She marvels at the sea change that has occurred in the Singapore food scene since then.
“Back then, you couldn’t get really good pasta. A lamb shank would cost $11 when you could buy it for a fraction of the price in the US. These days, things are so different. You can get uni (sea urchin) in seawater direct from Hokkaido.”
It could be argued that Ms Tan, who became Life food editor in 2012, had a hand in promoting foodie awareness with her columns.
How seriously she takes her food can be seen when the standard question for this column is asked: What would your last meal be?
She whips out her mobile phone to refer to her notes because she wants to make sure she remembers to mention everything. And, perfectly seriously, she says: “My last meal is going to last a week.”
How did you get started cooking?
I was my mum’s helper when she was making rempah. She would make rempah for mee siam, one of her signature dishes. So I would be put to work peeling 2kg of shallots.
I wasn’t really allowed to cook. I think the first thing I cooked was instant noodles when I was seven.
Do you come from a family of foodies?
My parents ate everything and expected my sister and I to do the same. They were not going to pander to our whims and fancies.
How did your interest in cooking develop?
Because I helped mum out, I got interested in cooking. I remember my aunt gave me a Marguerite Patten cookbook. She’s one of the pioneer cookbook authors.
I also remember listening to a radio show and the host, Dorothy Tan, used to feature recipes for bao and all sorts of things. I would write in to the station and get cyclostyled copies of recipes featured on the show. I would stick them in a notebook, which became my de facto cookbook.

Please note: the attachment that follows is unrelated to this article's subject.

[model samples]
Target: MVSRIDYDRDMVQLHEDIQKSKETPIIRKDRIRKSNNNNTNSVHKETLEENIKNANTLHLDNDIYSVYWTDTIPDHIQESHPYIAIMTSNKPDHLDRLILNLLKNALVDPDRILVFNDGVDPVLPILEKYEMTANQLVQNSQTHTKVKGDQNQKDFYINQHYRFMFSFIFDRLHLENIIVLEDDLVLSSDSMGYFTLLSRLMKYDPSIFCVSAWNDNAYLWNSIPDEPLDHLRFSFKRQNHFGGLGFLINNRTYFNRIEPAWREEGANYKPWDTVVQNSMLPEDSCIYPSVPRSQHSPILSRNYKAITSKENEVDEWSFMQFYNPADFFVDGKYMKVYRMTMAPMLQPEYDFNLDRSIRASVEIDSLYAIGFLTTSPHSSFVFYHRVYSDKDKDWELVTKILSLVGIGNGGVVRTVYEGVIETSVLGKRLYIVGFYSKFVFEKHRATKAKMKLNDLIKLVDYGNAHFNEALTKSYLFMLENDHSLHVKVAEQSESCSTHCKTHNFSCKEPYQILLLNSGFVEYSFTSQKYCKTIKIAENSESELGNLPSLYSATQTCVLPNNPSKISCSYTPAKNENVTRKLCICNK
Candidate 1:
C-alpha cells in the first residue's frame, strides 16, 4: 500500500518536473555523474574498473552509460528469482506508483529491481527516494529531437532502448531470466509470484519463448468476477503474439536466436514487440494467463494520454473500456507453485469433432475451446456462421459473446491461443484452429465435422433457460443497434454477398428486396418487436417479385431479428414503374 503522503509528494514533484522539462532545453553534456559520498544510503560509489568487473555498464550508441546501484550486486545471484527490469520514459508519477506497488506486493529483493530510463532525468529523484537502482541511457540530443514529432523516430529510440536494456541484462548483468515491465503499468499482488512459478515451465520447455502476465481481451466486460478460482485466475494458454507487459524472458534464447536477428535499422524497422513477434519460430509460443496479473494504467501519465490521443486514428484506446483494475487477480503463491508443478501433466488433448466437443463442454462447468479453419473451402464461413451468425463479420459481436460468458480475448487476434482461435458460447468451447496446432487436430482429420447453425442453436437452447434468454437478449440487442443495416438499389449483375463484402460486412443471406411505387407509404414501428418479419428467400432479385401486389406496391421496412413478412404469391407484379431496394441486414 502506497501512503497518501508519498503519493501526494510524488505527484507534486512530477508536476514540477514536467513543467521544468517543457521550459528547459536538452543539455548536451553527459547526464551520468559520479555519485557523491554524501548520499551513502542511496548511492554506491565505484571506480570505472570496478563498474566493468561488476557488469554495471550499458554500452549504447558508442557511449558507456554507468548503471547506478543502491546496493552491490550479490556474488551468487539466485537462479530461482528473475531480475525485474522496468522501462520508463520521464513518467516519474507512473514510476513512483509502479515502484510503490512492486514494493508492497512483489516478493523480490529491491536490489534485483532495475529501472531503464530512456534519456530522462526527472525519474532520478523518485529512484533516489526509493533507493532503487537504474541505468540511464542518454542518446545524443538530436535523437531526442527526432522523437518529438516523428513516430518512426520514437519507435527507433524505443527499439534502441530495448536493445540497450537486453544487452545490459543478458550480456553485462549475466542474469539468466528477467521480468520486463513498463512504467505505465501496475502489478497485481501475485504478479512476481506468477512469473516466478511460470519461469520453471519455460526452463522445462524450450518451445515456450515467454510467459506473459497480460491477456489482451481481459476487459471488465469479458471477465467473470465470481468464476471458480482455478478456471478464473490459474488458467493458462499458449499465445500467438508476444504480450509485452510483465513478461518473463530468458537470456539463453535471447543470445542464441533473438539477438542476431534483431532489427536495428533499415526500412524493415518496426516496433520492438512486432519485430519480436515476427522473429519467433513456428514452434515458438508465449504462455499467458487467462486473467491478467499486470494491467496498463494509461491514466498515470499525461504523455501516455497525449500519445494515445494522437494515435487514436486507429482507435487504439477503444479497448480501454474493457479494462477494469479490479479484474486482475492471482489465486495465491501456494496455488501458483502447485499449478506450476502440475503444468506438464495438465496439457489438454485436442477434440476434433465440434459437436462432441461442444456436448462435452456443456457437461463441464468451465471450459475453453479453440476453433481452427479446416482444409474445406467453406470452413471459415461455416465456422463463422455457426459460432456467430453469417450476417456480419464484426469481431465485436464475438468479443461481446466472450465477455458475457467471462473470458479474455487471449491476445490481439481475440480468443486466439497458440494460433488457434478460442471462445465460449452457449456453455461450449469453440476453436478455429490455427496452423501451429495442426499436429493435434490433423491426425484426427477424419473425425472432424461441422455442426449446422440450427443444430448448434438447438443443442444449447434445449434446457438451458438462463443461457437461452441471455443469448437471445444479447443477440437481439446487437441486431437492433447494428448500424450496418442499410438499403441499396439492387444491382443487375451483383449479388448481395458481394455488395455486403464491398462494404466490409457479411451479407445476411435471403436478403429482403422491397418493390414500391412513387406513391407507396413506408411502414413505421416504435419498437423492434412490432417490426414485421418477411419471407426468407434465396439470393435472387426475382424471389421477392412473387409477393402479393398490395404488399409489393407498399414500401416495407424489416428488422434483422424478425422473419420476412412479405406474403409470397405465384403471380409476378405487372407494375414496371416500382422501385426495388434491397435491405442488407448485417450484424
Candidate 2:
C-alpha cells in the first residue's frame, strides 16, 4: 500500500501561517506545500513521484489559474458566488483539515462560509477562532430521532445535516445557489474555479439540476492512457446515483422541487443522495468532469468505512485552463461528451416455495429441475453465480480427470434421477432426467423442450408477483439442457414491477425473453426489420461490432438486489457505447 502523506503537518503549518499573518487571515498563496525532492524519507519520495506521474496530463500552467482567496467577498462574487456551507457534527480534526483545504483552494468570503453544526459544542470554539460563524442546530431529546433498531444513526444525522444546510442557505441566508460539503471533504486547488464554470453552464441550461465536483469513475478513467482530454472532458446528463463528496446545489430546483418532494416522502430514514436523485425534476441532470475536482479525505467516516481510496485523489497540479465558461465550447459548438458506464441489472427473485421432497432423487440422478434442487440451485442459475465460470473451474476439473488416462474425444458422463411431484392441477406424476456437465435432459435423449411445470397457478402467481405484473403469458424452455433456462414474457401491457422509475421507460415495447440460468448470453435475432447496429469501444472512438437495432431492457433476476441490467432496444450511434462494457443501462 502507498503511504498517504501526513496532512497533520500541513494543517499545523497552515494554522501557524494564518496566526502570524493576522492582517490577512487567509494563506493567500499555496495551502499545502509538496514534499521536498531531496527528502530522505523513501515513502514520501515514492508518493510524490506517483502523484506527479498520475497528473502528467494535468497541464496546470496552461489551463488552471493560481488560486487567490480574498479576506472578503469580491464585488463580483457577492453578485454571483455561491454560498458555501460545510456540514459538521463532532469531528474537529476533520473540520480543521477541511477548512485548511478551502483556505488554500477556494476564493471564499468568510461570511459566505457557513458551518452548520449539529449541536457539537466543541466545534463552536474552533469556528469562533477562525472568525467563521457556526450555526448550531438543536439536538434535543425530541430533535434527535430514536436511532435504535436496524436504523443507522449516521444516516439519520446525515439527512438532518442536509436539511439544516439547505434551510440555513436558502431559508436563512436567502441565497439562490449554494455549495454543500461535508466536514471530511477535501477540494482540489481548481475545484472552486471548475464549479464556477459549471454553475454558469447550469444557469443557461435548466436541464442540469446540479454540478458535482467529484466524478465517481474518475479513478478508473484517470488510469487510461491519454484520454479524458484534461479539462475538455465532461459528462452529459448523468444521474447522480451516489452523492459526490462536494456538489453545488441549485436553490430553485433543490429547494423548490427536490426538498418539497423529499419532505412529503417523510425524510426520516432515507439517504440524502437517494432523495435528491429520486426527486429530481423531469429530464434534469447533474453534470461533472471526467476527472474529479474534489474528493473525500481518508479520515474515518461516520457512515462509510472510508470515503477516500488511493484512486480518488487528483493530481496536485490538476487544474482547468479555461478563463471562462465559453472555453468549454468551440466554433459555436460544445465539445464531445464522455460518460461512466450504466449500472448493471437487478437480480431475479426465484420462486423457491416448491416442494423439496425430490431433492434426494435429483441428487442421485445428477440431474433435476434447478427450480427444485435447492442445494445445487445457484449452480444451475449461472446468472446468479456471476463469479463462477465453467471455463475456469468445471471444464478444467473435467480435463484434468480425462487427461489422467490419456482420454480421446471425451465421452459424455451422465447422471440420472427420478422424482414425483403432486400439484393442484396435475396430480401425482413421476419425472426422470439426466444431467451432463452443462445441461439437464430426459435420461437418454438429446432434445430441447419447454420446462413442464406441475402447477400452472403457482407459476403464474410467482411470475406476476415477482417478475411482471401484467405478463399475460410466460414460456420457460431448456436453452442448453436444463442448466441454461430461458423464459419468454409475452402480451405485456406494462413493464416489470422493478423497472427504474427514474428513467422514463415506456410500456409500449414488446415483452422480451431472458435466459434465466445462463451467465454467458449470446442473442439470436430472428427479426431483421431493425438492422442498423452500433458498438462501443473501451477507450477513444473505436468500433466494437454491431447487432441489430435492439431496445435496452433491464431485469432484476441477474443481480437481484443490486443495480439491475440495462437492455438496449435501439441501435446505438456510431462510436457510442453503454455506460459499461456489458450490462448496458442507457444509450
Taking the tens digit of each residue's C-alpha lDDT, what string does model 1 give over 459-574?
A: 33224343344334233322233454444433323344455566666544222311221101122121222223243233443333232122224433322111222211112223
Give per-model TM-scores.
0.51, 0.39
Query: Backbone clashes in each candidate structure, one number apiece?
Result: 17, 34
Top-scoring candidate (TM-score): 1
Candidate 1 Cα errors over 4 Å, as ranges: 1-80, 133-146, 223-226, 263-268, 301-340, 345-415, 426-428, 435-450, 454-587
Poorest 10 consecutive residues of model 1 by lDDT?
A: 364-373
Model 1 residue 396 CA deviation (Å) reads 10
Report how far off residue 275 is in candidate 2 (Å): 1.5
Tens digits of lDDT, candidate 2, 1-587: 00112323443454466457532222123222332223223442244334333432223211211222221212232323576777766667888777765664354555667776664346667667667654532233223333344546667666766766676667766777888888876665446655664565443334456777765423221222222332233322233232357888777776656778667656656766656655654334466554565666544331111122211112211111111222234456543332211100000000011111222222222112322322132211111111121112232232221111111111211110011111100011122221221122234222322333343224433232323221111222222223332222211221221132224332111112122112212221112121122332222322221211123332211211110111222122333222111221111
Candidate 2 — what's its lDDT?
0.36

Meet the author sessions
Where: Forecourt, Plaza Singapura, 68 Orchard Road
When: Saturday, 2.40 to 3.10pm
Where: Books Kinokuniya, Tower B, Level 4 Ngee Ann City, 391 Orchard Road
When: Sept 9, 3.30 to 4.30pm
Where: Popular Bookstore, B1-41 Jurong Point, 1 Jurong West Central 2
When: Sept 17, 4 to 4.45pm
What is your favourite dish to cook now?
Steamed fish. I like to steam it with umeboshi plums. It is simple. I don’t even add salt because the plums are salty. I usually use barramundi fillets.
What is the most difficult recipe you have ever had to cook? Julia Child’s boeuf bourguignon or ramen from scratch?
I think ramen is easier.
I went to three supermarkets for the boeuf bourguignon. It took me two days. I almost lost my mind.
While browning the beef, oil splattered all over the place. I remember getting down on my hands and knees and scrubbing the kitchen floor. It was a dark time.
How do you keep healthy when food is part of your life and work?
As I grow older and my metabolism slows down, I have to be really careful. Just remember it’s a food tasting, not food gobbling. You just eat whatever you need and, honestly, one bite is all you need. Maybe two or, if the food is really good or, you’re really indulgent, three.
I’m not healthy. My recipes are not healthy, not all of them anyway. I mean, I have a recipe in the book for chanpuru burger. And it is not just stir-fried bittergourd and egg. There’s a slab of Spam in that burger.
•Hunger Management (ST Press, $26.75 with GST) is available at bookstores.
Some recipes from the book
Kiam Png. ST FILE PHOTO
8 large dried shiitake mushrooms
30g dried shrimp
4-5 cloves garlic
1 Tbs sesame oil
1 Tbs oyster sauce
1 Tbs shaoxing wine
1 Tbs light soya sauce
½ tsp white pepper, or to taste
1 Tbs oil
150g roast pork, sliced
450-500ml warm unsalted chicken stock or water